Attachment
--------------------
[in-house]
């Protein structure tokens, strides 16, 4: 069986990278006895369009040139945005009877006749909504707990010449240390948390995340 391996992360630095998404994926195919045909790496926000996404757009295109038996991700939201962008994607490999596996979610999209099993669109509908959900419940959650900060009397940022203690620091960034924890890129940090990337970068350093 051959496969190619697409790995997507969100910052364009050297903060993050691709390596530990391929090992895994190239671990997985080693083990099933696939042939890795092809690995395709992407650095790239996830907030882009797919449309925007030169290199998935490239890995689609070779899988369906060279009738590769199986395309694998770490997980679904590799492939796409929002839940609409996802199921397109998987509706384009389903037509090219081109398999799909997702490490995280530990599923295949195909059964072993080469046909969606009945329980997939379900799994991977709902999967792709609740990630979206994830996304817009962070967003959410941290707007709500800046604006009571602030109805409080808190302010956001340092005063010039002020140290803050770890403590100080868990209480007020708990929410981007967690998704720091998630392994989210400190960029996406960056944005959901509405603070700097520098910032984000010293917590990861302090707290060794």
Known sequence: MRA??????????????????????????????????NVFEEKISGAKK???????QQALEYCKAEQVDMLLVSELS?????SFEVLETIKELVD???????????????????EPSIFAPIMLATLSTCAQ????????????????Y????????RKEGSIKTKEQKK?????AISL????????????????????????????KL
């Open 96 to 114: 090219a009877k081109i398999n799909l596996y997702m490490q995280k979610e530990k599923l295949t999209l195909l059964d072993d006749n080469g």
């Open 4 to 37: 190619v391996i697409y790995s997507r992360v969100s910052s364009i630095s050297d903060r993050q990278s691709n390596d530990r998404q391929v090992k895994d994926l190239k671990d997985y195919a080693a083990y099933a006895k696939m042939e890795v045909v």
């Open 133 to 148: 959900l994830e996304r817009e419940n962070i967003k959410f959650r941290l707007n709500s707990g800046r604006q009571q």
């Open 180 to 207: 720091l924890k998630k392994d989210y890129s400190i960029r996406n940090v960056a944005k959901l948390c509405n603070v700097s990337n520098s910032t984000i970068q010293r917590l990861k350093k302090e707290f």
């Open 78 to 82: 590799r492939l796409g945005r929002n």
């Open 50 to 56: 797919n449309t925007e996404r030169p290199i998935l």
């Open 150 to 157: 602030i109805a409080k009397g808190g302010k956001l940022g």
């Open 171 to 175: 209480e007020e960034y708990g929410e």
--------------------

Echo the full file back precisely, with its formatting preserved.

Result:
[in-house]
């Protein structure tokens, strides 16, 4: 069986990278006895369009040139945005009877006749909504707990010449240390948390995340 391996992360630095998404994926195919045909790496926000996404757009295109038996991700939201962008994607490999596996979610999209099993669109509908959900419940959650900060009397940022203690620091960034924890890129940090990337970068350093 051959496969190619697409790995997507969100910052364009050297903060993050691709390596530990391929090992895994190239671990997985080693083990099933696939042939890795092809690995395709992407650095790239996830907030882009797919449309925007030169290199998935490239890995689609070779899988369906060279009738590769199986395309694998770490997980679904590799492939796409929002839940609409996802199921397109998987509706384009389903037509090219081109398999799909997702490490995280530990599923295949195909059964072993080469046909969606009945329980997939379900799994991977709902999967792709609740990630979206994830996304817009962070967003959410941290707007709500800046604006009571602030109805409080808190302010956001340092005063010039002020140290803050770890403590100080868990209480007020708990929410981007967690998704720091998630392994989210400190960029996406960056944005959901509405603070700097520098910032984000010293917590990861302090707290060794």
Known sequence: MRA??????????????????????????????????NVFEEKISGAKK???????QQALEYCKAEQVDMLLVSELS?????SFEVLETIKELVD???????????????????EPSIFAPIMLATLSTCAQ????????????????Y????????RKEGSIKTKEQKK?????AISL????????????????????????????KL
């Open 96 to 114: 090219a009877k081109i398999n799909l596996y997702m490490q995280k979610e530990k599923l295949t999209l195909l059964d072993d006749n080469g």
């Open 4 to 37: 190619v391996i697409y790995s997507r992360v969100s910052s364009i630095s050297d903060r993050q990278s691709n390596d530990r998404q391929v090992k895994d994926l190239k671990d997985y195919a080693a083990y099933a006895k696939m042939e890795v045909v």
């Open 133 to 148: 959900l994830e996304r817009e419940n962070i967003k959410f959650r941290l707007n709500s707990g800046r604006q009571q």
């Open 180 to 207: 720091l924890k998630k392994d989210y890129s400190i960029r996406n940090v960056a944005k959901l948390c509405n603070v700097s990337n520098s910032t984000i970068q010293r917590l990861k350093k302090e707290f």
């Open 78 to 82: 590799r492939l796409g945005r929002n």
């Open 50 to 56: 797919n449309t925007e996404r030169p290199i998935l």
């Open 150 to 157: 602030i109805a409080k009397g808190g302010k956001l940022g």
């Open 171 to 175: 209480e007020e960034y708990g929410e």